“Does our brand support and/or inhibit us in what we do or whom we work with?” and “Are corporate assets and resources such as people, know-how and money being utilized to their full potential?” were just two questions leading the discussions. Two interesting statements stuck with me: “The risk of not aligning the foundations mission with the firm’s core business and competencies means to lose a big opportunity” and “there should be a glass wall between the corporate foundation and its funding firm which has to be transparent to see and learn from each other but high enough that the company can’t throw its immutable will over it”.

The second day of the conference was all about the challenges of corporate foundations in playing an advocacy role and the Sustainable Development Goals (SDGs).

Again, different corporate foundation representatives gave valuable insights into their daily work and tasks; one of them was Paul Streets from the Lloyds Bank Foundation England and Wales.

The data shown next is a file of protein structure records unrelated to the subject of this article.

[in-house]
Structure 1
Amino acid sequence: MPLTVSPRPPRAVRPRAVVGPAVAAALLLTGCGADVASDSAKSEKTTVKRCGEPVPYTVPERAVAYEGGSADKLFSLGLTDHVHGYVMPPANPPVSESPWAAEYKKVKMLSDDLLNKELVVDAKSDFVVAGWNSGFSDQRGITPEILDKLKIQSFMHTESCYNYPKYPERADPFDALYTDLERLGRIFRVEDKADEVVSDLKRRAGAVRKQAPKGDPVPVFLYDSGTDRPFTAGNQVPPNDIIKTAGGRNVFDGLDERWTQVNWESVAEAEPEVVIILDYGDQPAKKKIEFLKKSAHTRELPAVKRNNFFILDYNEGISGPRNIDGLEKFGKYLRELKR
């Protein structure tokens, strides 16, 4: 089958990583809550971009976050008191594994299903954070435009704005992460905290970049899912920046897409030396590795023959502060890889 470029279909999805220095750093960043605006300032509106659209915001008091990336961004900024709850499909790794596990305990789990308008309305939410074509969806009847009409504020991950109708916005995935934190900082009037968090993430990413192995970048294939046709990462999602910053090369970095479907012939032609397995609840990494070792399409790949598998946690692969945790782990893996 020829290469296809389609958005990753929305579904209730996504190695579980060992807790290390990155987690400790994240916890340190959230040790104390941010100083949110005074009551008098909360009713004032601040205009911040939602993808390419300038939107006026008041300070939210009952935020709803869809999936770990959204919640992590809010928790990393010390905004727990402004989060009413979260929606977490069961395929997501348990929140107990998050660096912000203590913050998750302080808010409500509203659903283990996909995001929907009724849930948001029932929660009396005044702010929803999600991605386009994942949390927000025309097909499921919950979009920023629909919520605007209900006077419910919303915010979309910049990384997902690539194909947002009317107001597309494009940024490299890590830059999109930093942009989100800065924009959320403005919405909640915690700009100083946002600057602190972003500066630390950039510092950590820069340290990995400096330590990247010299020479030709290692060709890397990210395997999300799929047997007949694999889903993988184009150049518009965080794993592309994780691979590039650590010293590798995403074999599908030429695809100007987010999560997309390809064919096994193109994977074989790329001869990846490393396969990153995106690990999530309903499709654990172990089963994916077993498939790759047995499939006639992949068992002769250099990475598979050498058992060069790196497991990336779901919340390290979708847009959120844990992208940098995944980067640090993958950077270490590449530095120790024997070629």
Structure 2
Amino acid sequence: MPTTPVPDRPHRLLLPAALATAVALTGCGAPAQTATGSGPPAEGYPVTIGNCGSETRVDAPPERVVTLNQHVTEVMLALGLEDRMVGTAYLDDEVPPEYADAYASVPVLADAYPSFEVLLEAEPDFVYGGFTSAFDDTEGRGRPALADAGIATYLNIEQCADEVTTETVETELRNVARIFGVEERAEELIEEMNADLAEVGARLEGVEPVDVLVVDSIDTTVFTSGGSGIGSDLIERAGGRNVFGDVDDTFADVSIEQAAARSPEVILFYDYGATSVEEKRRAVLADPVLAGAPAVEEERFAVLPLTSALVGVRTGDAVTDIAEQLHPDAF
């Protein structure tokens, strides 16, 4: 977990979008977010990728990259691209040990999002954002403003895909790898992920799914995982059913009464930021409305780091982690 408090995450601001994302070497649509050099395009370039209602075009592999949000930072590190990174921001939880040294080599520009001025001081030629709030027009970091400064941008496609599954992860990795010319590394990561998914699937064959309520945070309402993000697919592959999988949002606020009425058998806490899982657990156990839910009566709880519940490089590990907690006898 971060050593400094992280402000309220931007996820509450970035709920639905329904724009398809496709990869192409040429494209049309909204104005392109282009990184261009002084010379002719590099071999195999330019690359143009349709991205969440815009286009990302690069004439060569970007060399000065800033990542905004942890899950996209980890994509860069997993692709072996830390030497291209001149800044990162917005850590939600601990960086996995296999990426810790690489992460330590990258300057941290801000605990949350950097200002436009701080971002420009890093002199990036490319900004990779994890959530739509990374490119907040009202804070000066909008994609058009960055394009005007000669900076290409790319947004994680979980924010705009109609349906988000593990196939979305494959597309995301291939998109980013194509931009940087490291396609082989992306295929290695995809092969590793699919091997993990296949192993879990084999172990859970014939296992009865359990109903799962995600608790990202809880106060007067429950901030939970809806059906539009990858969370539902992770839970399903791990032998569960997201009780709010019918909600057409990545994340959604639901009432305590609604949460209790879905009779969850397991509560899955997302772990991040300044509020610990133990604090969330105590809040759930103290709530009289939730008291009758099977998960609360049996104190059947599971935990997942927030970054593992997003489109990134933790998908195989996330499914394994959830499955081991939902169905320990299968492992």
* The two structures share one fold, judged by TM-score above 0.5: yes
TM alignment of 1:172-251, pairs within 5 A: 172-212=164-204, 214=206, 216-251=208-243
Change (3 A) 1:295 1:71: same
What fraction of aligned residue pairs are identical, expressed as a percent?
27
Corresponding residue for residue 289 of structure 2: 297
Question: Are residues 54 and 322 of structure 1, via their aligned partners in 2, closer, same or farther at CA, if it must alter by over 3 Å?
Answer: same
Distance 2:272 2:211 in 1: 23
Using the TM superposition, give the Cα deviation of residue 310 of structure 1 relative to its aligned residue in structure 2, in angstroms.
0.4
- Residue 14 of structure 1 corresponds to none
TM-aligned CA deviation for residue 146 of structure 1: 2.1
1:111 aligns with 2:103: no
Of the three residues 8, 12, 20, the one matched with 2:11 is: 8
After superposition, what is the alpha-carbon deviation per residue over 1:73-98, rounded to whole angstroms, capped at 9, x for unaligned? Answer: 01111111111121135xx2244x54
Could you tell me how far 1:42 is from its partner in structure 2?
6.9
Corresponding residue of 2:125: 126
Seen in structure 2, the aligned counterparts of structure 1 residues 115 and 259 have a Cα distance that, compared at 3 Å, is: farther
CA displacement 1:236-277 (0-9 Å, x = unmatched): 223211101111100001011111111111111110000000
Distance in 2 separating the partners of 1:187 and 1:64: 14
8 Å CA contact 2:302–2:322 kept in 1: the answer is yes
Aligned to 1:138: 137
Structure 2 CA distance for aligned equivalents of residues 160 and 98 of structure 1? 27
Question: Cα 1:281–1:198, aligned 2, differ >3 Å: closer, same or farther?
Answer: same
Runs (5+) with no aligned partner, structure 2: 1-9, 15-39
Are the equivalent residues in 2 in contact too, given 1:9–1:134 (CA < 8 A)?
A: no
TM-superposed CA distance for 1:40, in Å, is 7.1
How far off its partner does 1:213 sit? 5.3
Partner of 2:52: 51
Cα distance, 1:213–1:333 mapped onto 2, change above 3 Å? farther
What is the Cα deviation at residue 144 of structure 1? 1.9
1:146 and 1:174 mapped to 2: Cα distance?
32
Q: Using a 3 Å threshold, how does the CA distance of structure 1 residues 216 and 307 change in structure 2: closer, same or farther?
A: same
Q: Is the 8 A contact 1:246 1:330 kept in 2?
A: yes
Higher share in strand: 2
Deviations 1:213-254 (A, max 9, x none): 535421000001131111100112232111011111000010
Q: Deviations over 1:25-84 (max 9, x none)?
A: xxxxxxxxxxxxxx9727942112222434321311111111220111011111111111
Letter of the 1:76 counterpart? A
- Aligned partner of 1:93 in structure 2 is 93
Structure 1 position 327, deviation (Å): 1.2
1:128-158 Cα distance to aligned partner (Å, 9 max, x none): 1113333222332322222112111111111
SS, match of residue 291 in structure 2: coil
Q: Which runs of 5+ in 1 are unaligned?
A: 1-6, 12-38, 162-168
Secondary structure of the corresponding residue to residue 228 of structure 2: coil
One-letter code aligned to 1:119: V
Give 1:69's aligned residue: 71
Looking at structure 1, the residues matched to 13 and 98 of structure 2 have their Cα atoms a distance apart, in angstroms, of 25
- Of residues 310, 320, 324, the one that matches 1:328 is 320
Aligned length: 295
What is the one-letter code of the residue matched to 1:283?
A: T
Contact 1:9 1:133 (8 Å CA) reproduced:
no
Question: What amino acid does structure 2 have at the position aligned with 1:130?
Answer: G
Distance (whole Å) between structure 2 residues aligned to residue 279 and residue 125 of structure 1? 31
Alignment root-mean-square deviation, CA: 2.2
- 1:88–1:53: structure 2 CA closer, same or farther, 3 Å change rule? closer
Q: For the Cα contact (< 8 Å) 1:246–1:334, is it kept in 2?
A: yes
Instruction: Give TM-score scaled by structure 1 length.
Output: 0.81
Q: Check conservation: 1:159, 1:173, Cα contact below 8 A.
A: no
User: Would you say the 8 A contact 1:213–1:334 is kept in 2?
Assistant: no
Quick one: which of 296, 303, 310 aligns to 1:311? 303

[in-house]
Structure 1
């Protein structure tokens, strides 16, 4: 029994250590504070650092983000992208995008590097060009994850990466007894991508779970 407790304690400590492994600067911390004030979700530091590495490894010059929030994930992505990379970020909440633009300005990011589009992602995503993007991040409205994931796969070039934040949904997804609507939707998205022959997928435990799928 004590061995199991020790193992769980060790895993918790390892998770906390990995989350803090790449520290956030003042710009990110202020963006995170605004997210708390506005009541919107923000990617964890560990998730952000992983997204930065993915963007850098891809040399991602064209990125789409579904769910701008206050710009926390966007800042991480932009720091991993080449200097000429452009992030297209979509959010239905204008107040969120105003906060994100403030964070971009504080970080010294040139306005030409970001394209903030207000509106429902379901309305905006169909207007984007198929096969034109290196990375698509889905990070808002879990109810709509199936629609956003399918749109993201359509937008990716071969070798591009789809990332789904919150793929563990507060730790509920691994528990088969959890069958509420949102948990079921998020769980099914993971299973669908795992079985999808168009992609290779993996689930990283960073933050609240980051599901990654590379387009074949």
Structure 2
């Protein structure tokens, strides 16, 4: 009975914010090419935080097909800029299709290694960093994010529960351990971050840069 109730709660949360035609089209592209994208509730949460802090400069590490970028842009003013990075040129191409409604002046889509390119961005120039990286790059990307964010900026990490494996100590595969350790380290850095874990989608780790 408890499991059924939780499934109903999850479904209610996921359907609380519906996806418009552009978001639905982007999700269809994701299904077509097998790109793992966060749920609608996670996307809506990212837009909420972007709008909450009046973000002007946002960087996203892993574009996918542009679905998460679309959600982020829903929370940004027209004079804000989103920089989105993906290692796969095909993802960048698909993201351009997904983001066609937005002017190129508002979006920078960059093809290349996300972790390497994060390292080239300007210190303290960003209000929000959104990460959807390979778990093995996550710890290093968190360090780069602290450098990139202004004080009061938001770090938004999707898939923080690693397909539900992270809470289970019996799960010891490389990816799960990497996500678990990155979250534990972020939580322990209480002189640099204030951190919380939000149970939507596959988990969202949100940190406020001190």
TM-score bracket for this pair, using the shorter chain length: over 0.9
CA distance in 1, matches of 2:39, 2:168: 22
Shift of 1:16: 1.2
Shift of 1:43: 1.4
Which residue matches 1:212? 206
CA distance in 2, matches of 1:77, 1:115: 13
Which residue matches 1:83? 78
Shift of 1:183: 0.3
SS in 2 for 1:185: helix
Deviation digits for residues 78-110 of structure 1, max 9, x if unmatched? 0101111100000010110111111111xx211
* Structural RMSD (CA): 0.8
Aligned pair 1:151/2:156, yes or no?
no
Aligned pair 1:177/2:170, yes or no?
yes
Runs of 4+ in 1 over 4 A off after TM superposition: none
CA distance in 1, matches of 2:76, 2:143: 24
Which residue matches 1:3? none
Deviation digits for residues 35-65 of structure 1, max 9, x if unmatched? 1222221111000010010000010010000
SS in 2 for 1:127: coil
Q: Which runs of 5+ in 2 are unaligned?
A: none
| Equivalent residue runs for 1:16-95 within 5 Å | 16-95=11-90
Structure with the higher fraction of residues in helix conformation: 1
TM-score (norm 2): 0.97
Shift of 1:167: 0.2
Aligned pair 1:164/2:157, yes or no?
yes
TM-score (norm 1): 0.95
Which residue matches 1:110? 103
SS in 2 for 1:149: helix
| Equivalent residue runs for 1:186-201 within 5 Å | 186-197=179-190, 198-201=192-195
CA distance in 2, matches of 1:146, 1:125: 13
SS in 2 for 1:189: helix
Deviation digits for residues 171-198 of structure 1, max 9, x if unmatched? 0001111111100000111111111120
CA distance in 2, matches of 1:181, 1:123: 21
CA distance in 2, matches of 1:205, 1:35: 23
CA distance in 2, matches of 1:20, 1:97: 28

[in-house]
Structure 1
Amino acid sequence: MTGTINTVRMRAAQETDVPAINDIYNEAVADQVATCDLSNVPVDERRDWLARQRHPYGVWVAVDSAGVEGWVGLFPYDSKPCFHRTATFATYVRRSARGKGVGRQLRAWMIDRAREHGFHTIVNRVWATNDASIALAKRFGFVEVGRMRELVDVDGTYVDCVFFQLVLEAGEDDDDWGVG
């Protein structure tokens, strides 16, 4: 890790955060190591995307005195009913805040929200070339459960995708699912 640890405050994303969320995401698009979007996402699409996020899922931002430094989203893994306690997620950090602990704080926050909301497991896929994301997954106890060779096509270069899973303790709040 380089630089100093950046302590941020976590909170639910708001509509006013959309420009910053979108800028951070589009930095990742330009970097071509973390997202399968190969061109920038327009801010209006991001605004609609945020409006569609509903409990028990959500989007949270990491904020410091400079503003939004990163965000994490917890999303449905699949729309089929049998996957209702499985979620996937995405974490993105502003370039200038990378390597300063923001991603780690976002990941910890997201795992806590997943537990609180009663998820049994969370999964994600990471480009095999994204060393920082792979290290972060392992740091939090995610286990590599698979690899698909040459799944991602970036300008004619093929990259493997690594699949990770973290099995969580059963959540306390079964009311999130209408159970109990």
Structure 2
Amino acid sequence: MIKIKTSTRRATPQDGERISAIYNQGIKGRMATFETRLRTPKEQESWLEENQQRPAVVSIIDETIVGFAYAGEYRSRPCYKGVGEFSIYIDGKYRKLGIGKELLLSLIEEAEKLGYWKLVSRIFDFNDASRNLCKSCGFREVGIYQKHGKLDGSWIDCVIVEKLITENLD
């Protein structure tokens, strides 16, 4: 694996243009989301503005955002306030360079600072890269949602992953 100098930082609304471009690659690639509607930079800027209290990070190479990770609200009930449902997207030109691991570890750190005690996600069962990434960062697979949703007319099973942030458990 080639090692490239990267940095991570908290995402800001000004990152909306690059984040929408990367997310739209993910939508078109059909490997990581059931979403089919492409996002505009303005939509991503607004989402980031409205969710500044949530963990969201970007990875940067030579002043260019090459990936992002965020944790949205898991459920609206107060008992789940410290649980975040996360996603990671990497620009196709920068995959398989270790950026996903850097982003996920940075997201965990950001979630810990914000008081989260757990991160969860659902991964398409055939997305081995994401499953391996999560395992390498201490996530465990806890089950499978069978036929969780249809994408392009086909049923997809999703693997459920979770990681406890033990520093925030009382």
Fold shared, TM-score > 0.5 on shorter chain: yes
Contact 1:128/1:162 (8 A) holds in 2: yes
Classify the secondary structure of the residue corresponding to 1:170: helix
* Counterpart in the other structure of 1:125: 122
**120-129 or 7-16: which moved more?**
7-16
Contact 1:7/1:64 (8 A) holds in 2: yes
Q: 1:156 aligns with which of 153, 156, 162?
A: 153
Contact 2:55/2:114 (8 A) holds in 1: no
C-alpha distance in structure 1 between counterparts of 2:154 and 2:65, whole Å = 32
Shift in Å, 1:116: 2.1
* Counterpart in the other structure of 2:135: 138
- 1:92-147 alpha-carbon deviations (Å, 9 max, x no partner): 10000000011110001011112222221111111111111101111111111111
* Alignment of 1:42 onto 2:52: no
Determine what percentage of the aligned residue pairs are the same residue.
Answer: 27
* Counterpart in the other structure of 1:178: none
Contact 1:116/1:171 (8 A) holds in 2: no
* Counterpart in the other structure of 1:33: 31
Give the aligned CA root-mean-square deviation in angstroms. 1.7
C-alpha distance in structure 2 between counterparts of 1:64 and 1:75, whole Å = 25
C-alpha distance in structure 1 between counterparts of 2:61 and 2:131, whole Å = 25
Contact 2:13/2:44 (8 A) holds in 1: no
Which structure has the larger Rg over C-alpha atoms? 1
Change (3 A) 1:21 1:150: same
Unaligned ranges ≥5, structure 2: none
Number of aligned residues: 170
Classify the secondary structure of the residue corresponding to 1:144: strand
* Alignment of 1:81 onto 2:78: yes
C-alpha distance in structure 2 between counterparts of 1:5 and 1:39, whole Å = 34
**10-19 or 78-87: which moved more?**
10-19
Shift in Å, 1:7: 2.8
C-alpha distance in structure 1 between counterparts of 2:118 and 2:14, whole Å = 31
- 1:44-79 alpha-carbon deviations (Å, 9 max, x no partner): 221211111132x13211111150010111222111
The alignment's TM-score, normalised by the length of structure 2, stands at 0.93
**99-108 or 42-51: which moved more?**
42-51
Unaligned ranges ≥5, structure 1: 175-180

The legitimacy to speak out for specific topics can, according to Streets, only result from working with the foundations grantees and shouldn’t be the personal choice of the foundation’s board or management team. Starting the journey from being a sole grant maker to being an influencer could start, for example, with supporting grantees to advocate or advocating as a funder by oneself, collecting evidence or supporting research for the topic in question.